Perception of the brand is part of the attraction for me, and I feel that with the arrival of models that are aimed squarely at the Chelsea Mum’s and or the hairdresser / ‘pink pound’ brigade - in particular the Cayenne, Porsche are moving too far away from their core business, which I believe is making supercars.
It’s a bit like watching Aled Jones in Strictly Come Dancing.
Almost likeable and harmless, but totally incongruous with the past.


Migration info. Legacy thread was 20940
 
I think the simplest way to view it is the way Fiat have split their brands - Fiat, Lancia, Ferrari and Maserati - all quite different, with different products, but essentialy the same company, sometimes sharing parts.

Would we prefer it if Porsche was part of VW, Skoda etc and sold its Not quite high enough performance products through these brands, for example , as a VW Tourag Turbo ? Boxster badged as as Seat ? That way they could only the true sports cars badged as a Porsche.

To me the fact that there is F- brand clothing everywhere somewhat cheapens the brand, not makes it special. Then again marketing people could see this as a sucess. To be fair, P does offer some dubious branded stuff, but it doesnt seem to sell that well..................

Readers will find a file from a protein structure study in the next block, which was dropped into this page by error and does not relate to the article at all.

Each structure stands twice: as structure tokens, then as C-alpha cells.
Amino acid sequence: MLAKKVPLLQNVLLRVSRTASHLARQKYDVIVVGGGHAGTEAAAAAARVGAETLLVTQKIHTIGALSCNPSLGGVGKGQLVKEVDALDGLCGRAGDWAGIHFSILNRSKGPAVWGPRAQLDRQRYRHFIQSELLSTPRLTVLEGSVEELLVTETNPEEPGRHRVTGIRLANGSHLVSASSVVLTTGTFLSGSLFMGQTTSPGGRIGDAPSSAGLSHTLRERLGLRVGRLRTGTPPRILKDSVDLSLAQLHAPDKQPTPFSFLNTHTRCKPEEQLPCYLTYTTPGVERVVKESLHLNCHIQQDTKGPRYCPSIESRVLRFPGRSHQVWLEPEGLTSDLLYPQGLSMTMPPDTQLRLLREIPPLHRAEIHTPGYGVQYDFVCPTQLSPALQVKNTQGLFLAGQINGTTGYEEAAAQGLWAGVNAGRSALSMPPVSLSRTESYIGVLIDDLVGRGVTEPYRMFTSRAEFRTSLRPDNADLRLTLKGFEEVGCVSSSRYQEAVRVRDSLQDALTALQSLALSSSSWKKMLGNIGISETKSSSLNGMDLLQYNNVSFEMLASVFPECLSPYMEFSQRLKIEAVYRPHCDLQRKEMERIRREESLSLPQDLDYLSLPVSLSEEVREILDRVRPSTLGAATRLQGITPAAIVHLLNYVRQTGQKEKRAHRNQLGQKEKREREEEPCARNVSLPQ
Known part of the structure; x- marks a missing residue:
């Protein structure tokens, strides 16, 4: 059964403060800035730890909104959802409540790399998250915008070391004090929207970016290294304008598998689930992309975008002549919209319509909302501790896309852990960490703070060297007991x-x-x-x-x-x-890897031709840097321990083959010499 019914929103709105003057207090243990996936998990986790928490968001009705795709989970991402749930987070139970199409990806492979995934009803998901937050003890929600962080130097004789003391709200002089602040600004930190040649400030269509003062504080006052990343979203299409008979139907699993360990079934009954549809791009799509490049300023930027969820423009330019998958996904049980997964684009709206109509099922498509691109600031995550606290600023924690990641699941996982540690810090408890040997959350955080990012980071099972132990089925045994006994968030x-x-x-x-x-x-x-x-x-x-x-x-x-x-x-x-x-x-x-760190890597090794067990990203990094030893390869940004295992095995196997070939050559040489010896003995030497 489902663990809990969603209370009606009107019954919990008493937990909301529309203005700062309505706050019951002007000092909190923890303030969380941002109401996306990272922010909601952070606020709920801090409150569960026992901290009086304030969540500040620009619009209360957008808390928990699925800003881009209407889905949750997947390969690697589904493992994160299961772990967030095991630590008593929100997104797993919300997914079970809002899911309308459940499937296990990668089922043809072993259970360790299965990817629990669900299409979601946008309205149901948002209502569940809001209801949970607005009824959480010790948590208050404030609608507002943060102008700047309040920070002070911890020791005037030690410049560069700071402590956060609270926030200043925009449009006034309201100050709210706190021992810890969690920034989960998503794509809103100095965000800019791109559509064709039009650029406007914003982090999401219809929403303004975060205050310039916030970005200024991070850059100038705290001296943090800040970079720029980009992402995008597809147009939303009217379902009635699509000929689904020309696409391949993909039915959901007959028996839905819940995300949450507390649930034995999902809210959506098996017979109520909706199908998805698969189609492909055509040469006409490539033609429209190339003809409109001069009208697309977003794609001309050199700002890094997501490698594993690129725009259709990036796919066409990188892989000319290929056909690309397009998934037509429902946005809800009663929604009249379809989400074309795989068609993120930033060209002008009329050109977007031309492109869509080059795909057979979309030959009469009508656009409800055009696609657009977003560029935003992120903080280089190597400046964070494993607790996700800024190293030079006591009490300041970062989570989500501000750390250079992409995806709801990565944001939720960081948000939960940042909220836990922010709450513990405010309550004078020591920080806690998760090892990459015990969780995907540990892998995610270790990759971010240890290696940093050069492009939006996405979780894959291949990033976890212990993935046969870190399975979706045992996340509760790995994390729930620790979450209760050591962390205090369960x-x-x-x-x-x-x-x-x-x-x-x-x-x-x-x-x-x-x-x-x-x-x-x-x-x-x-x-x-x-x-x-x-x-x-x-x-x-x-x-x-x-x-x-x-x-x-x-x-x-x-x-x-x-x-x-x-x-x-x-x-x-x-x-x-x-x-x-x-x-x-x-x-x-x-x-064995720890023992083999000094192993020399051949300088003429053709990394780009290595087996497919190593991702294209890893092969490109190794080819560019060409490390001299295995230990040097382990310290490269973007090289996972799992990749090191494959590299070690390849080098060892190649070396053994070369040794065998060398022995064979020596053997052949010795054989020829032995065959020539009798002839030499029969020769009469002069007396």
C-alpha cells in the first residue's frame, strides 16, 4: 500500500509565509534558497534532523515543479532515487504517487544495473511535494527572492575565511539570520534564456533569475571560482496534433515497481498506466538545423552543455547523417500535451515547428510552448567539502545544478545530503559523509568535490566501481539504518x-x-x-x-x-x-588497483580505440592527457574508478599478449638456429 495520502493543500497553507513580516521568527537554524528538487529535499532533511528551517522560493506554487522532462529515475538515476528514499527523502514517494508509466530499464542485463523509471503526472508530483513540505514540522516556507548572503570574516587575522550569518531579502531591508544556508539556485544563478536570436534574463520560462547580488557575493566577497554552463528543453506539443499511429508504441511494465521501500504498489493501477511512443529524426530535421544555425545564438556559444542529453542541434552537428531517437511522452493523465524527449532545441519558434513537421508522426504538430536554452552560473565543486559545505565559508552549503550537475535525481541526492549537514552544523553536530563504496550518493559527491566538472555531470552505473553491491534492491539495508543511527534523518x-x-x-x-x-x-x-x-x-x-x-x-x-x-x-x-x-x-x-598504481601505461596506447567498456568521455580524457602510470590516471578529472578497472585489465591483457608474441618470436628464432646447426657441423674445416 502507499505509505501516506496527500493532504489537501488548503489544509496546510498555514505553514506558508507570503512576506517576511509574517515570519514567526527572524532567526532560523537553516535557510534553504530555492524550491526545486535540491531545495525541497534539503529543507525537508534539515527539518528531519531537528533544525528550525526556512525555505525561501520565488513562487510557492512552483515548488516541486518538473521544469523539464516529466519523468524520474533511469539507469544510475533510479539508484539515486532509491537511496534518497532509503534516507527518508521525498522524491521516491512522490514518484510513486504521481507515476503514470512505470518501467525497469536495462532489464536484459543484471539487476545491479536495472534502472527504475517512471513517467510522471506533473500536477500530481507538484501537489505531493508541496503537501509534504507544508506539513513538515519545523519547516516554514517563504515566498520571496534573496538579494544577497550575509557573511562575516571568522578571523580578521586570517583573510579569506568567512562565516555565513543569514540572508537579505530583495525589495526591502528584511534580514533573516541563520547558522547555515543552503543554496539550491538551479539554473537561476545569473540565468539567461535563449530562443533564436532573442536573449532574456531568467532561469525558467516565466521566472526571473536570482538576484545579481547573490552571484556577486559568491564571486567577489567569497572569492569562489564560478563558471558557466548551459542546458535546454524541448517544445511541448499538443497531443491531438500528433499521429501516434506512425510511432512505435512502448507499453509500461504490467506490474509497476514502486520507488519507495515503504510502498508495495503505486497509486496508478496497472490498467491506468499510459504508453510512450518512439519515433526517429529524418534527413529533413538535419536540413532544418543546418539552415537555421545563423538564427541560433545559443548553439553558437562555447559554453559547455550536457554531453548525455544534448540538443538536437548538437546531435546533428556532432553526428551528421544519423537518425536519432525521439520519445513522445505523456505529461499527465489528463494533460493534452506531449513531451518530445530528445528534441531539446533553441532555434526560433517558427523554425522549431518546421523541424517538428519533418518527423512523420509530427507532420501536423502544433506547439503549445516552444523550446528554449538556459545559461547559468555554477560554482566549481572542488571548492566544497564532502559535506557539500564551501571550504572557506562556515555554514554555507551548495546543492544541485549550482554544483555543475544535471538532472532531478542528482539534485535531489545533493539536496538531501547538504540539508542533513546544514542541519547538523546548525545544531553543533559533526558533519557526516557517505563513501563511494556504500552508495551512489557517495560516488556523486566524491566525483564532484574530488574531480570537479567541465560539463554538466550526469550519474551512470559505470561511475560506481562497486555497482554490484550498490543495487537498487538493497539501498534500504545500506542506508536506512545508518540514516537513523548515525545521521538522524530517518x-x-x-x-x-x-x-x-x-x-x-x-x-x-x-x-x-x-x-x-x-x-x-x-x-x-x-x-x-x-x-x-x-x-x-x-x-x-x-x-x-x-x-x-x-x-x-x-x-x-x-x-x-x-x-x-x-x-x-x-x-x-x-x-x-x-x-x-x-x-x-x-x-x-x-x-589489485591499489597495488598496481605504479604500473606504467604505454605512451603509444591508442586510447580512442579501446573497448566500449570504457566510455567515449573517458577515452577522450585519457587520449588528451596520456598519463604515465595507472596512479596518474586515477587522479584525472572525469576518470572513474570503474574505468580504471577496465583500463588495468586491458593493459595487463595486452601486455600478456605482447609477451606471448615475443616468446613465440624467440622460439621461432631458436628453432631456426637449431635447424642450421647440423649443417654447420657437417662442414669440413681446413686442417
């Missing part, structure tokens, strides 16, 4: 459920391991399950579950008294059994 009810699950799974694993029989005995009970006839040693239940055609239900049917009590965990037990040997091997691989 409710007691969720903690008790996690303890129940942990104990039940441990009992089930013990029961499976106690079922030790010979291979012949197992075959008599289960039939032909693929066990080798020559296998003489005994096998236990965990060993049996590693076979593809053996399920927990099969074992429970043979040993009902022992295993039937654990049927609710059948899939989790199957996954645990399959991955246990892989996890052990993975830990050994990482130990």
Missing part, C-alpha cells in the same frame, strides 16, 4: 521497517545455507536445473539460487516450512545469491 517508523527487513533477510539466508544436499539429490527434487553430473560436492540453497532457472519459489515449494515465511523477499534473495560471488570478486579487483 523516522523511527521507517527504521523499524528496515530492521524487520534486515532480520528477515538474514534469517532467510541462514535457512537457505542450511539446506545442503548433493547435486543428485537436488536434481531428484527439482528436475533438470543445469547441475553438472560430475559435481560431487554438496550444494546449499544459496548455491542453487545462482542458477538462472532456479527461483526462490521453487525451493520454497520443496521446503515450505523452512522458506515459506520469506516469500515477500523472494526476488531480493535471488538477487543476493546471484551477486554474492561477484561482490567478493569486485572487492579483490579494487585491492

Migration info. Legacy thread was 20941
 
Guys

I have been reading the posts on this topic most intently as I have been saving for my dream car for some time now, a 911.

However, since I first started to put the money together I have tried various models and have become more than a little concerned regarding the build quality/durability versus profit margin equation that seems to exist!

It would appear that you either go for the older, better built, reliable, bullet proof 993 / 964 and put up with the poor driving position (for me at least 6 ft 3 plus long legs) and the older feel. Or you go for the modern 996 / 997 water cooled models and have the RMS that fails on a regular basis and an engine that can fail at 10K a throw !!!